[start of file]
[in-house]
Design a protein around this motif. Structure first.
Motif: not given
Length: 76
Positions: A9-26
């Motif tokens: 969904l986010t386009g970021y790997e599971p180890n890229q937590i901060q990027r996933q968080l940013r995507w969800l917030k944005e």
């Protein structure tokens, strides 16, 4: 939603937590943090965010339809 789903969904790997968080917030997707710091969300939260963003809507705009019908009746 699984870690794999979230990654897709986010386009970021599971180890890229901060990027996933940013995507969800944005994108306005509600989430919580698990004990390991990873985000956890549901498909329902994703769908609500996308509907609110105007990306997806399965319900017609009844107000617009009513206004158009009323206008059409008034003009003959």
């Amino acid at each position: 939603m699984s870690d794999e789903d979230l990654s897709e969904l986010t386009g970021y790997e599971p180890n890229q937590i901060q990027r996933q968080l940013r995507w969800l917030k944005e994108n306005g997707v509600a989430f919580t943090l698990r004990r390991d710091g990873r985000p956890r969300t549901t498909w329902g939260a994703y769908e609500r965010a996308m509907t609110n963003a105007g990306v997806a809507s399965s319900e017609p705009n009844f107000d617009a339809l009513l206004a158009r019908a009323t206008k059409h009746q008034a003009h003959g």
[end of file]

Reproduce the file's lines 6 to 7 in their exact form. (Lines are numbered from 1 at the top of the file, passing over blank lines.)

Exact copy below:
């Motif tokens: 969904l986010t386009g970021y790997e599971p180890n890229q937590i901060q990027r996933q968080l940013r995507w969800l917030k944005e």
């Protein structure tokens, strides 16, 4: 939603937590943090965010339809 789903969904790997968080917030997707710091969300939260963003809507705009019908009746 699984870690794999979230990654897709986010386009970021599971180890890229901060990027996933940013995507969800944005994108306005509600989430919580698990004990390991990873985000956890549901498909329902994703769908609500996308509907609110105007990306997806399965319900017609009844107000617009009513206004158009009323206008059409008034003009003959």